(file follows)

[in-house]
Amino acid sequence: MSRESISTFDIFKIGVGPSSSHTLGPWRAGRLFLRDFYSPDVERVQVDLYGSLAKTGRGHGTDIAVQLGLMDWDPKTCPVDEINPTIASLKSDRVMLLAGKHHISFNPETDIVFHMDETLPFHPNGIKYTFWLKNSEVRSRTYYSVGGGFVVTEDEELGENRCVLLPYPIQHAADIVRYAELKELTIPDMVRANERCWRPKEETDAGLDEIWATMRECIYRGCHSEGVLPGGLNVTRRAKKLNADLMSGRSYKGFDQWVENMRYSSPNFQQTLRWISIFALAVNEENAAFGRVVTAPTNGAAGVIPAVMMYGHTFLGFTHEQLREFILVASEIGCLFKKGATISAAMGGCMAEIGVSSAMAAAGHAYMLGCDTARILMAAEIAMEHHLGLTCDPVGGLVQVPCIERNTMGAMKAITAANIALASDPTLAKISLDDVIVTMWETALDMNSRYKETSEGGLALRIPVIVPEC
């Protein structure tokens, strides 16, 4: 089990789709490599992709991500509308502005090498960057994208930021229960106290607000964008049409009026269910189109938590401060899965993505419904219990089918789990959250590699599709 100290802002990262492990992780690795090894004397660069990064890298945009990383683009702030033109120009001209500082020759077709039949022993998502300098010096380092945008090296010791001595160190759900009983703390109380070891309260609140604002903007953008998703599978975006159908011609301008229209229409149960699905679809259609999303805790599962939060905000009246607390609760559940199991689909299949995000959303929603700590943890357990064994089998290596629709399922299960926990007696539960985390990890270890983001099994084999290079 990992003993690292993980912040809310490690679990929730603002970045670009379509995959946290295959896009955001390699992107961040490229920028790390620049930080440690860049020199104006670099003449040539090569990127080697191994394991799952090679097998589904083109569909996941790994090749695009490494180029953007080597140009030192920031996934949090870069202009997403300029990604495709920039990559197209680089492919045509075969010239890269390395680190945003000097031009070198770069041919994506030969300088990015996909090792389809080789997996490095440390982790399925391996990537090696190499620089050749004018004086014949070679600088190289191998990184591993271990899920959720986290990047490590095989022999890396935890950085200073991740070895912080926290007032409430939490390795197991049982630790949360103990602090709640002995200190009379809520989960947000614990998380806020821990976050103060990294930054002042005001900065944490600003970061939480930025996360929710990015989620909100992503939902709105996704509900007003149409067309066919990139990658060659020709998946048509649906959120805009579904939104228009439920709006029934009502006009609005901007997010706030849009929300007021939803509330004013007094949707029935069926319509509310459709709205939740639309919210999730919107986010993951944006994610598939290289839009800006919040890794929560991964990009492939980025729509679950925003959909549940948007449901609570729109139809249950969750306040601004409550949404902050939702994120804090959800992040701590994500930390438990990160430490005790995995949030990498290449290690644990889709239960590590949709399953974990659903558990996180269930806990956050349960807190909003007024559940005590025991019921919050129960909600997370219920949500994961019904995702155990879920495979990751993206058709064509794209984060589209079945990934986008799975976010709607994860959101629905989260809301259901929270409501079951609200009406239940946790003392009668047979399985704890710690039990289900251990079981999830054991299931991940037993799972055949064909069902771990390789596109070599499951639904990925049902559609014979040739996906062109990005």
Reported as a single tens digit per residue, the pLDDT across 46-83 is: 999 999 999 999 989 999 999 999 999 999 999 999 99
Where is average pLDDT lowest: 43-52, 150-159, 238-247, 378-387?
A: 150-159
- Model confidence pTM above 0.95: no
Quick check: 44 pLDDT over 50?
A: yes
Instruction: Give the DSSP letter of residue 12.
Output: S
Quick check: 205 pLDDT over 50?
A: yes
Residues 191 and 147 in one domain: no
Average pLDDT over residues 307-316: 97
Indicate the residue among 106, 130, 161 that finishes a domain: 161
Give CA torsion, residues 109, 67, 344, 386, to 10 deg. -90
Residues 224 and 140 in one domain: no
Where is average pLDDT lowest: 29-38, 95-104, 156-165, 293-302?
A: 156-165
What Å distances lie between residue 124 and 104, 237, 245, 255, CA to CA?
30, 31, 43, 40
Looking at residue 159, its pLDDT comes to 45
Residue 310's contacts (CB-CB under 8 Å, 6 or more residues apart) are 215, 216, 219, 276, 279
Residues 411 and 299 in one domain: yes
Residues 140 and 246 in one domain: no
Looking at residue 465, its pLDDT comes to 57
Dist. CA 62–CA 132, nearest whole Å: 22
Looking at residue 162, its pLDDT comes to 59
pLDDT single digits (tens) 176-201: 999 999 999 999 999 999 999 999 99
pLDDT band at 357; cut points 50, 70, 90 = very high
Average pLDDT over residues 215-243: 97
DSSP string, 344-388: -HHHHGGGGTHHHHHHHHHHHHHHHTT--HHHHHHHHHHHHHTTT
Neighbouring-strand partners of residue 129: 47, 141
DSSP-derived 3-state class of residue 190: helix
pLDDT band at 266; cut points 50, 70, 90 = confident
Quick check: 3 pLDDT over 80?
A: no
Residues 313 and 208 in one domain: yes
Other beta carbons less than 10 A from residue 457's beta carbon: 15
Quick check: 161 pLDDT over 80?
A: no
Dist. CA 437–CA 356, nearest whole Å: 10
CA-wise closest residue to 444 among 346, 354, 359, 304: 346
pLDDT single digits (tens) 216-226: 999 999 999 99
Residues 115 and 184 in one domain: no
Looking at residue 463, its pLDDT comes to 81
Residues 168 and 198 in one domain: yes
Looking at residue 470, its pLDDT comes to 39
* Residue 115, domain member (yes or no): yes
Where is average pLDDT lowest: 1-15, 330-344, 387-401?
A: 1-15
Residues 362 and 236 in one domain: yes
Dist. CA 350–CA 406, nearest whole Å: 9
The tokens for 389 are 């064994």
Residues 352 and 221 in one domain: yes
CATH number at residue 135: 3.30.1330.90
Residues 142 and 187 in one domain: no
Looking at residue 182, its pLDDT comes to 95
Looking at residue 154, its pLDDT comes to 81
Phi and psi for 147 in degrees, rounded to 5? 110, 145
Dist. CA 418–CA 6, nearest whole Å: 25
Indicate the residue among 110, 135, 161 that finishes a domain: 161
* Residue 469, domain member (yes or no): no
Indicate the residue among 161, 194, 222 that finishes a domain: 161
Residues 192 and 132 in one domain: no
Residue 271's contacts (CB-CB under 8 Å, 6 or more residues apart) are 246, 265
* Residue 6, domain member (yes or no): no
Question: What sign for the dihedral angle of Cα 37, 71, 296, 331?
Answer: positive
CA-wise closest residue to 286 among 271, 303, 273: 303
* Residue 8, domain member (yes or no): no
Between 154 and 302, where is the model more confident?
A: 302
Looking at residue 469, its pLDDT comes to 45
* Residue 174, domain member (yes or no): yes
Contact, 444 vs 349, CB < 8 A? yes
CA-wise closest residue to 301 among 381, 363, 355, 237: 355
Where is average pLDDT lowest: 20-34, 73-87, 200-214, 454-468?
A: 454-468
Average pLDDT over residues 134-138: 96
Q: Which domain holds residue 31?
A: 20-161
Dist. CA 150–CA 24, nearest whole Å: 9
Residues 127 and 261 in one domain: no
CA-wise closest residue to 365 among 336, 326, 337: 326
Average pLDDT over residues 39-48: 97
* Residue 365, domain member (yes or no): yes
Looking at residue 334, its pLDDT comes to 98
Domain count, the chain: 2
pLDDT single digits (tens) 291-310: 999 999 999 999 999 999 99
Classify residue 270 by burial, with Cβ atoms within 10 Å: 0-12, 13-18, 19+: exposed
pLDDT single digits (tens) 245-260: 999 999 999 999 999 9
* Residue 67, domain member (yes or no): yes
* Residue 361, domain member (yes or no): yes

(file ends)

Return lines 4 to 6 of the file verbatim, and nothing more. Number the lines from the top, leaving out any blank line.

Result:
Reported as a single tens digit per residue, the pLDDT across 46-83 is: 999 999 999 999 989 999 999 999 999 999 999 999 99
Where is average pLDDT lowest: 43-52, 150-159, 238-247, 378-387?
A: 150-159